Monday, May 11, 2009

Thoughts from a Toronto-screening audience member

Thoughts on the Film:
When I first watched the documentary on VisionTV (Canada's multifaith TV Channel), my first reaction was alarming and thought that this would create a lot of stir among people who are against the thoughts of Ismailis. Especially since the commentator states a lot about how Ismailis pray privately and without veils and divides of men & women. The reality is that this documentary is meant to educate everyone out there about a sect of Islam that has and is a sample of true Islam.

The movie also takes away the misconceptions (if any) regarding the sect that Aga Khan leads as the spiritual leader. There is a logical-systematic flow in the movie which also opens the minds of Ismailis themselves. I have been discussing the movie (piece by piece with my family, Ismaili friends, and Muslim and non-Muslim friends) and sharing my learnings that were triggered after watching this movie.

The Journey since its first release:
I then bought the DVDs and watched it with an 'outside-the-box' mindset and taking my being as an Ismaili identity out of my thoughts. I then realized that this documentary was made with intent to create dialogue and discussions. It tries to show how one of the sects of Islam is and how it has positioned itself. The facts are shared and stated. It is up to the viewers to delve deep, engage with it, and search for more knowledge.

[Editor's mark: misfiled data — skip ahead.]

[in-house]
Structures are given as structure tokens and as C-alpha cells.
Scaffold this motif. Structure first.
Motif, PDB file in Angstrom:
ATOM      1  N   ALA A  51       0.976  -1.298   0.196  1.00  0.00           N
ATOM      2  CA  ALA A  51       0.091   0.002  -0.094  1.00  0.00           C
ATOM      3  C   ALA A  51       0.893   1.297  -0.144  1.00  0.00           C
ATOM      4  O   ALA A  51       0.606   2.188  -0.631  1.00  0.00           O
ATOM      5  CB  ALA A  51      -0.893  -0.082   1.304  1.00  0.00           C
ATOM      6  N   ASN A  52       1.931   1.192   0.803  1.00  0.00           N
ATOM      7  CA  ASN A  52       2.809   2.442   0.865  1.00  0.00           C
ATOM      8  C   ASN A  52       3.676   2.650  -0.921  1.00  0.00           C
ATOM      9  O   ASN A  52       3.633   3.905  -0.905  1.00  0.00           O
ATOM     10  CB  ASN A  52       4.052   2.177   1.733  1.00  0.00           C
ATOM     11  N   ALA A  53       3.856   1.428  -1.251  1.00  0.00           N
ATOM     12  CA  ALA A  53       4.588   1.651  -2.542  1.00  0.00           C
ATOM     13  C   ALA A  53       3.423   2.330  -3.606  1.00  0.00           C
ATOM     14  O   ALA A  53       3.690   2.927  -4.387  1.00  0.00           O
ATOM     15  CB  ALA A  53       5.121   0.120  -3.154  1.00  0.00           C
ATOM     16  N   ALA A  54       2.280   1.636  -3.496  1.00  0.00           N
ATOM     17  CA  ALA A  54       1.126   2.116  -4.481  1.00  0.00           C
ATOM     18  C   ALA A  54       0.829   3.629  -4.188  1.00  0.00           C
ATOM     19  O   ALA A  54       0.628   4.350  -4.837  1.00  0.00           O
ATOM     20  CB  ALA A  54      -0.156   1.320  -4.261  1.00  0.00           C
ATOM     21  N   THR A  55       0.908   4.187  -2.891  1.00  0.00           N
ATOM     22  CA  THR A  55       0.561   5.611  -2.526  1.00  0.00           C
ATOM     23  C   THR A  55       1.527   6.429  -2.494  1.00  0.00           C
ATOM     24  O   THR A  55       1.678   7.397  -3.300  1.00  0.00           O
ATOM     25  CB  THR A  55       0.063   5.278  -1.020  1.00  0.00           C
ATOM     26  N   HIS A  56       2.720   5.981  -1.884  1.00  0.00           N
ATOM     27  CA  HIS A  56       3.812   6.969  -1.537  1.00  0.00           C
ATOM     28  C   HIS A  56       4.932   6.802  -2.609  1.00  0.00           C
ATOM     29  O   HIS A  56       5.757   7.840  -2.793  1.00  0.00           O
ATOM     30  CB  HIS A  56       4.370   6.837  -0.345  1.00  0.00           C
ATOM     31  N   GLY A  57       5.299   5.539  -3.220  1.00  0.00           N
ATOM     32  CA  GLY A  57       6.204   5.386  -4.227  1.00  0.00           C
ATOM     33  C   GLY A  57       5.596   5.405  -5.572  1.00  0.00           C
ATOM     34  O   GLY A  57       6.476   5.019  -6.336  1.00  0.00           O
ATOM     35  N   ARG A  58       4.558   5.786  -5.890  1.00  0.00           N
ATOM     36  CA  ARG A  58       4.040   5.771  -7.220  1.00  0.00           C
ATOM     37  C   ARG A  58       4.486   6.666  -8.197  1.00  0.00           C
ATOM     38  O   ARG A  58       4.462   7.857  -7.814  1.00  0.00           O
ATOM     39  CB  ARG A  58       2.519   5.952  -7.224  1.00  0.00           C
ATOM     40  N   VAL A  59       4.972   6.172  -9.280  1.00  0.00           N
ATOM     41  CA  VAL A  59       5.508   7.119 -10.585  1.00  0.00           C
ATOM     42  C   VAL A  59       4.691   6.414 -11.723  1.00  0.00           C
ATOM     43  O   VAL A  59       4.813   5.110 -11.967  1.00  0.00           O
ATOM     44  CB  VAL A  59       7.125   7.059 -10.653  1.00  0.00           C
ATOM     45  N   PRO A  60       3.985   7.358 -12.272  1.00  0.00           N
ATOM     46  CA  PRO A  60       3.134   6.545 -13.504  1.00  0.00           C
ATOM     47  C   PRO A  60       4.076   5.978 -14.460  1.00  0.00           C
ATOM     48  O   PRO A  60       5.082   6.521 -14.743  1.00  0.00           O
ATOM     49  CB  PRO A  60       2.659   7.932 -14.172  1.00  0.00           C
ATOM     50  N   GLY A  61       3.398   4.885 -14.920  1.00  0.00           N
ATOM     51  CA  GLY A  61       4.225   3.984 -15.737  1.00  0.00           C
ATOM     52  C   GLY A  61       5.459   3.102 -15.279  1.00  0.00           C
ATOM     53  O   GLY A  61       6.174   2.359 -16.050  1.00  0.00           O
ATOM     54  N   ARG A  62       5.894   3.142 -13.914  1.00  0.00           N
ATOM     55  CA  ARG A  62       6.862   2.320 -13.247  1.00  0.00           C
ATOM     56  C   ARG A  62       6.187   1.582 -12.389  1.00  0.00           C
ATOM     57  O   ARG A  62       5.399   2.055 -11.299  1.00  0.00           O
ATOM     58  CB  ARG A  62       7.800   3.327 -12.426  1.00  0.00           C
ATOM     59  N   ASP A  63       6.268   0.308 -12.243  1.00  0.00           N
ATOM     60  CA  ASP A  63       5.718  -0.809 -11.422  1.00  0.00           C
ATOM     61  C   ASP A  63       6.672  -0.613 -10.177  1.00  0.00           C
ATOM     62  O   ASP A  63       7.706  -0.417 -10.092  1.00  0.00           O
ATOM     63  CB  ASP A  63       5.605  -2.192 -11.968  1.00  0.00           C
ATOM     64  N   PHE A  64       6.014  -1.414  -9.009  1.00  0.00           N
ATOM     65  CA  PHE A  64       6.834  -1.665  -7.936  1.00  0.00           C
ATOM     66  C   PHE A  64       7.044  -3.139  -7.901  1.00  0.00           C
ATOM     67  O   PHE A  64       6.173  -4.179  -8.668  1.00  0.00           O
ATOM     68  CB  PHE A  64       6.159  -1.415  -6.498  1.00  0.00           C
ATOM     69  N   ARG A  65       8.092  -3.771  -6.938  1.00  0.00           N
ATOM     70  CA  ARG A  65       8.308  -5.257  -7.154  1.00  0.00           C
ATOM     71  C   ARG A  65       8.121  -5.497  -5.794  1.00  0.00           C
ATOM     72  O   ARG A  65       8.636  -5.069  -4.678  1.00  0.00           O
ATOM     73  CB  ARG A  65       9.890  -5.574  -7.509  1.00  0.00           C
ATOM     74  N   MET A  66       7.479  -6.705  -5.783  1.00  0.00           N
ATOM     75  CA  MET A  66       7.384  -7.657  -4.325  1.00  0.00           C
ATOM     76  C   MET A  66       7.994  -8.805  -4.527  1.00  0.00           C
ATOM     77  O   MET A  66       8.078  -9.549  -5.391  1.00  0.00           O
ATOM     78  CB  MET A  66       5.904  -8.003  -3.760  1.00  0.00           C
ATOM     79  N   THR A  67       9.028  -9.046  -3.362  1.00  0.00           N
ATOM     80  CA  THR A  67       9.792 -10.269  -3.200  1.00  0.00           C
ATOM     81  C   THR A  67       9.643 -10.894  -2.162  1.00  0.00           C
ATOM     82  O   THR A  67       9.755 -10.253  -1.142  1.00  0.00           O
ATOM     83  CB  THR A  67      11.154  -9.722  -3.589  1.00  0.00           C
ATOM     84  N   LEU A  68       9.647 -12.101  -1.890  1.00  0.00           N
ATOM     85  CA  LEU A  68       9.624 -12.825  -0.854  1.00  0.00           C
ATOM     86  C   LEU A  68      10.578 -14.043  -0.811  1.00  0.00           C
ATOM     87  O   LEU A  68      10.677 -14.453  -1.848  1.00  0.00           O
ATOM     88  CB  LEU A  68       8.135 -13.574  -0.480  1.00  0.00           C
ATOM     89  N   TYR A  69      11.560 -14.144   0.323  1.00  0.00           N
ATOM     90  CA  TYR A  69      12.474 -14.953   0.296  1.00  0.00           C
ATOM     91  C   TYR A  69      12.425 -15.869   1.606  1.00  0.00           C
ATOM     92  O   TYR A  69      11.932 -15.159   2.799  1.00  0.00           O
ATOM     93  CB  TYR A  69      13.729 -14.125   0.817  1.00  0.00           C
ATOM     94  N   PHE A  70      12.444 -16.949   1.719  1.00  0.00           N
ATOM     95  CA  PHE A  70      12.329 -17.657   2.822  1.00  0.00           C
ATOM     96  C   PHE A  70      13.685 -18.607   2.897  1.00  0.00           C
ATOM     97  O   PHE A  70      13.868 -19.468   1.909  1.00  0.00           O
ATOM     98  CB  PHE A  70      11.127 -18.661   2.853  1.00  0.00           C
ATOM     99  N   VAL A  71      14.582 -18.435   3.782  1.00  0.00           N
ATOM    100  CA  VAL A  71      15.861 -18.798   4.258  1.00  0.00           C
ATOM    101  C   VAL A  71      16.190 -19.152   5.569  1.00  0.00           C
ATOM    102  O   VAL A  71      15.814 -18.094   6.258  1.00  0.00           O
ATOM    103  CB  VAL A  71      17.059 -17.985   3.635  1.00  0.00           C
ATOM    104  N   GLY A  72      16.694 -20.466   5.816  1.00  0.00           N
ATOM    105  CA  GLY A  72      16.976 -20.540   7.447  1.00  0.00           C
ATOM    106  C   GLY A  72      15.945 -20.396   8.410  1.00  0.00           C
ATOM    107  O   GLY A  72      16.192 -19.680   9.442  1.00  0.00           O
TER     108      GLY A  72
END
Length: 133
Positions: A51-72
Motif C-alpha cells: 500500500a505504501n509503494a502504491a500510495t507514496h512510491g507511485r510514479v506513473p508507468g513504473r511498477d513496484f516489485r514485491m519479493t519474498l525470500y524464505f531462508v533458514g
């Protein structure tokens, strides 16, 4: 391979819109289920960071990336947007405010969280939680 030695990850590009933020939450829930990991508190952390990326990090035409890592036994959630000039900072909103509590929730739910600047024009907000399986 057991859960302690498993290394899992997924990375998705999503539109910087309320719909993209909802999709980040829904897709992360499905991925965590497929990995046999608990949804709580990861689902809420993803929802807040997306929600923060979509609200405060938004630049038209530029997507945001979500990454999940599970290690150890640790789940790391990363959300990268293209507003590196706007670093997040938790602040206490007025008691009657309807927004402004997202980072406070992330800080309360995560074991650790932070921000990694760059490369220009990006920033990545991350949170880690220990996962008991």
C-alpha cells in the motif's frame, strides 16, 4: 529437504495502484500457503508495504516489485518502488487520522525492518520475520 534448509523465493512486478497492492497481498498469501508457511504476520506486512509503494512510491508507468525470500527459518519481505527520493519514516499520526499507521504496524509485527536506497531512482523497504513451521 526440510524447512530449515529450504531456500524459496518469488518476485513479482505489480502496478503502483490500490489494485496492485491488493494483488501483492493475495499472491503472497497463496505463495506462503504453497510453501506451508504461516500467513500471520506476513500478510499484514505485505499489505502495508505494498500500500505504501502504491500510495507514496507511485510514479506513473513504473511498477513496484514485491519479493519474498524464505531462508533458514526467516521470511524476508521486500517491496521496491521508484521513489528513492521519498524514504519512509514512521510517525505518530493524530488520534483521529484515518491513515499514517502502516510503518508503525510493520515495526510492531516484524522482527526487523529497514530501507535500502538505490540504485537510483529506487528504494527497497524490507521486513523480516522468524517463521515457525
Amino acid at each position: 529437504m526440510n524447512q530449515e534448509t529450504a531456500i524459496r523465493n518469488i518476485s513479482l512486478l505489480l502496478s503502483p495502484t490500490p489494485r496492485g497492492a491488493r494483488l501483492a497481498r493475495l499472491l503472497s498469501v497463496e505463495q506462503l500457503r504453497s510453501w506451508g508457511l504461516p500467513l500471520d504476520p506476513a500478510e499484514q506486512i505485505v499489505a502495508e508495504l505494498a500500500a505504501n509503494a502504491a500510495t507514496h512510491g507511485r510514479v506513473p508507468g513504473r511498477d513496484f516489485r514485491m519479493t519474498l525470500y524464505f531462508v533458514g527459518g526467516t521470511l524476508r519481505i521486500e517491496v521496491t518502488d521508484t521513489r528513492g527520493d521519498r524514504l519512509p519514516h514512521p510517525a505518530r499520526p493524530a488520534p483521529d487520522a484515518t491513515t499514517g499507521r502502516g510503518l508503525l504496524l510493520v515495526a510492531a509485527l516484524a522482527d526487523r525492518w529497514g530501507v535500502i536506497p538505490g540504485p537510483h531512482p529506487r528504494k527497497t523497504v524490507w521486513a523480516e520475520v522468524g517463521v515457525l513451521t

My Wish & Hope:
Is that we have more of such documentaries with similar format and maybe a 'series' or chapter-by-chapter take on the Ismaili history. I take this current documentary as a synopsis and it gives way to future elaborated versions (era by era) to bring a dialogue of what Islam was and is.

-Salim Nensi

Wednesday, May 6, 2009

FILM, MUSIC AND MEDIA: Mediums for Political Expression in the Middle East Region

For those who live in Boston:

Mediums for Political Expression in the Middle East Region

Thursday, May 7th
4:00 – 6:30 PM

This public event will feature two documentary film makers, Shamir Allibhai and Jackie Salloum, and a screening of SLING SHOT HIP HOP (, a documentary on Palestinian Hip Hop artists in the Occupied Territories and Israel. The documentary will serve as a platform for discussion on the role of Hip Hop and film in fostering artistic and social agency, and creating a meaningful bridge between communities in different cultural and political situations. The film offers a window into the role music and media can play to create social networks, address political struggles, and harness technology in the formation of purpose driven cultures of social inquiry.

This event is sponsored by the Outreach Center, Center for Middle Eastern Studies at Harvard University & The Middle East Initiative at the Harvard Kennedy School.